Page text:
How have Vancouver diners changed over the years? They are much more knowledgeable due to media, Iron Chefs, reality shows, and tastings.
Name the thing that you eat that is bad for you that you will never stop eating? French fries are my favourite (the best were at Cafe de Paris).
Your default drink/cocktail of choice? Manhattan, and sometimes a Lemon Drop. Mostly wine though.
Who did you look up to when you were a kid? My father was my best role model (integrity). Also, my friend’s father Archie Russell, CA who inspired that direction (instead of architecture, which I really wanted). I satisfied that craving with 11 restaurants.
Who do you look up to know? Did – to Jack Poole, who was a friend.
Architecturally, what’s the strangest thing about Joe Fortes? The wine grotto under the stairs, and temperature controlled.
Is there a young, first time restaurateur that you really respect? Scott Jaeger at The Pear Tree and Robert Belcham of Refuel and Campanolo.
Where do you go out for dinner in Vancouver? I try the new restaurants but my favourites are Il Giardino, Le Crocodile, La Regalade, and the Fish Market in Dundarave.
The Vancouverite (outside the business) that you admire most? Terry M. Holland.
What three things could City Hall or the provincial government do to make every restaurateur’s job easier? Obviously less red tape (regulations); be more pro-business rather than an obstacle.
The Cannery was in operation for some forty years. What’s your fondest memory of it? Building it out of old artifacts. The happy smiles of guests leaving.
What restaurant location have you long secretly coveted? A site to the west of VCC above the Harbour Air terminal.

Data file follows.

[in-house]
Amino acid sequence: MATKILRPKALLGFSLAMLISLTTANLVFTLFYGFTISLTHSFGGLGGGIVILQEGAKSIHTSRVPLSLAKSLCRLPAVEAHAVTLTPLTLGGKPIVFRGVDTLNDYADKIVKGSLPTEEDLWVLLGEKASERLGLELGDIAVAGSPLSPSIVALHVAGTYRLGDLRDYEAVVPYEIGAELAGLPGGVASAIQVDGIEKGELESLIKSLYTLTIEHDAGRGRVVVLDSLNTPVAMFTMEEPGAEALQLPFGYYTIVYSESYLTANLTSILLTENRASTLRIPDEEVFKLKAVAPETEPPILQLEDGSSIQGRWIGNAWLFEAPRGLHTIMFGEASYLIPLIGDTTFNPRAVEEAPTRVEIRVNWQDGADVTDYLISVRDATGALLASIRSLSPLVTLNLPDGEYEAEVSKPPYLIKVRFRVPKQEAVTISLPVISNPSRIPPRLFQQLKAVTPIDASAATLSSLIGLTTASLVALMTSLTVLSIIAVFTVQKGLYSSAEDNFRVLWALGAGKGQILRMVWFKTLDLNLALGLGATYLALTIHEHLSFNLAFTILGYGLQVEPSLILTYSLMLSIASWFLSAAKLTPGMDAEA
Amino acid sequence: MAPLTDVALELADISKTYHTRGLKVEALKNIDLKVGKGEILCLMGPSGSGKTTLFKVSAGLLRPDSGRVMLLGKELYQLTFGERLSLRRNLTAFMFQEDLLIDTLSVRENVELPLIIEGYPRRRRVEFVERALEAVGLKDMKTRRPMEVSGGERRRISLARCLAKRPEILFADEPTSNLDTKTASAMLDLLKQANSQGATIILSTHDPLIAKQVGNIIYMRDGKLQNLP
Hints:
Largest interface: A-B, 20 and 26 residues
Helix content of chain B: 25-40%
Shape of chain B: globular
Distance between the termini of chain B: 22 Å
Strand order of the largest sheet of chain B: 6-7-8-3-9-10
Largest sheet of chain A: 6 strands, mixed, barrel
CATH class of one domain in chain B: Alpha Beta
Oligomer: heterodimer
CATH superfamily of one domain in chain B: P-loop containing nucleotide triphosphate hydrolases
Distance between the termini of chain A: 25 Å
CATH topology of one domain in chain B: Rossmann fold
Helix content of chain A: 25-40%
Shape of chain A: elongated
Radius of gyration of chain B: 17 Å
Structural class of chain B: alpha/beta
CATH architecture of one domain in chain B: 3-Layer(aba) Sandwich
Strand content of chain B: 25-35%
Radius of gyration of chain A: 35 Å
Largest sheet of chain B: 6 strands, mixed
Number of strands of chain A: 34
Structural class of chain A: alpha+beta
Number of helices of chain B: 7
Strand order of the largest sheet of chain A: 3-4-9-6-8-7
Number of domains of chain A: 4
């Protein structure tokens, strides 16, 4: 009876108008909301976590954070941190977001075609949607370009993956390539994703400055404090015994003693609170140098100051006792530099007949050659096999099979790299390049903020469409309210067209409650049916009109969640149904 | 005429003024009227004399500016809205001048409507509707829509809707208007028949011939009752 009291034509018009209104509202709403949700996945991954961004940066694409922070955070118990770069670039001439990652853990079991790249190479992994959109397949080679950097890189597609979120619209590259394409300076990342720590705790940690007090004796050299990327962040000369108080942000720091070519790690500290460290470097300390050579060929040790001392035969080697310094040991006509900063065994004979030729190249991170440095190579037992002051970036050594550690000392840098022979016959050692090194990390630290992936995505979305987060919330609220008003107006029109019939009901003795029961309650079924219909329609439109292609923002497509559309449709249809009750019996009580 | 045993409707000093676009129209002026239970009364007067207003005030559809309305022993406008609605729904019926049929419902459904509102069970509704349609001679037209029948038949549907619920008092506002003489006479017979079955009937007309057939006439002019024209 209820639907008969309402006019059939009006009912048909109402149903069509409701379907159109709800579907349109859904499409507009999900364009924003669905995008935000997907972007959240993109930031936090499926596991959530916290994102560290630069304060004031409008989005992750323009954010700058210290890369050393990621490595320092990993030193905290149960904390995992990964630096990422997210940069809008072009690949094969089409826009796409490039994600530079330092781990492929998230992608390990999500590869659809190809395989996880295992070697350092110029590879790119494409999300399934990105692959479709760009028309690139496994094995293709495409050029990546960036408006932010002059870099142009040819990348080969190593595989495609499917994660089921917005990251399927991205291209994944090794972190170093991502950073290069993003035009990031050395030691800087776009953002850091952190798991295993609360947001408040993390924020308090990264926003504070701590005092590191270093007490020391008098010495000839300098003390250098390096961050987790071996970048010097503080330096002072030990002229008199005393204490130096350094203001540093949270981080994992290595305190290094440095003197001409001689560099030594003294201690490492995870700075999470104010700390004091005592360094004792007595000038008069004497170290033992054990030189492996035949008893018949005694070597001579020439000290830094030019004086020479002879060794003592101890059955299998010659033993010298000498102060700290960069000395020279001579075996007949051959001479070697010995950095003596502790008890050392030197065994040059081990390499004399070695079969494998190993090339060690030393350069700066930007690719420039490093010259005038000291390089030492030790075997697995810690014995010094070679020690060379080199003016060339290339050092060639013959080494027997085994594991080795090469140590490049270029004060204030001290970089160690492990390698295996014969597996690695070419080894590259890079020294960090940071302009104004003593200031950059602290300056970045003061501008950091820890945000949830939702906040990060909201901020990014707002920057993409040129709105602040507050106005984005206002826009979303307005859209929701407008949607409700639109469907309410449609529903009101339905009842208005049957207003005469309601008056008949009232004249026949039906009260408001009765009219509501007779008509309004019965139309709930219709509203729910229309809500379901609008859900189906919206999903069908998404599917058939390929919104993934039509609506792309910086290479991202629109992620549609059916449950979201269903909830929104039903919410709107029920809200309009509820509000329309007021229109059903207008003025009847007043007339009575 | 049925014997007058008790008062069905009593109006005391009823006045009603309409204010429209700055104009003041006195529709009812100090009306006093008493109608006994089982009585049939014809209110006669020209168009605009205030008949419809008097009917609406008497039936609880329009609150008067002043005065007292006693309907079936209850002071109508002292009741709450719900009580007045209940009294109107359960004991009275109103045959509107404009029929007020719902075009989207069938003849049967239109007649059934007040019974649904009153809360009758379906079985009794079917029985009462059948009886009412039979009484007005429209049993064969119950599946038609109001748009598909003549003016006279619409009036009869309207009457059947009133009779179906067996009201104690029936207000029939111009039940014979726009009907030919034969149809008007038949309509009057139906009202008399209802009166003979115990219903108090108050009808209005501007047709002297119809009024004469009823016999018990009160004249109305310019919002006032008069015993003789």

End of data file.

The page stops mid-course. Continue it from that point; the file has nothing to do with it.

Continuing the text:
Which local restauranteur do you respect the most, and why? Jack Evrensel – quality and perseverance. Also, Umberto Menghi for his commitment to quality Tuscan fare.
The historical personalities, both good and bad, that fascinate you the most? Winston Churchill, Ronald Reagan, F.D. Roosevelt.
You have a great personal style. Where do you get your suits? Respectful business dress. I used to go to E. A. Lee. In California, there are a variety of different places.
Your go to, no-frills place for dinner? Fish Market in Dundarave, and California Pizza Kitchen (in California, of course).
If you could board a plane this afternoon, where would it be taking you? Palm Springs, CA.
The strangest place you’ve ever been to? Angkor Wat, Cambodia.
The three books that you read that made an impact on you in your formative years? Warren Buffett, Jack Canfield’s Success Principles, and Good to Great by Jim Collins.
Daily net sales at Joe Fortes are the stuff of local legend. We’ve heard quite a few high numbers over the years. Can you enlighten us to the truth about Joe Fortes’ biggest day ever? That’s confidential, but likely the highest in Vancouver. The Olympics were huge.
Where was the last place you traveled to for work or pleasure? Chicago to attend the Restaurant Show.
What was the biggest disaster that ever took place in any one of your restaurants? Fire in the Dumb Waiter at The Cannery caused by nearby Mesquite Grill. Panicked but got under control quite quickly, could have been a disaster.
The strangest talent that you possess? I can visualize a working restaurant even before it becomes one. I can see the guest dining with great pleasure, the sounds, the movements. Have always been able to.
The different career path that you could have gone on? Chief Financial Officer.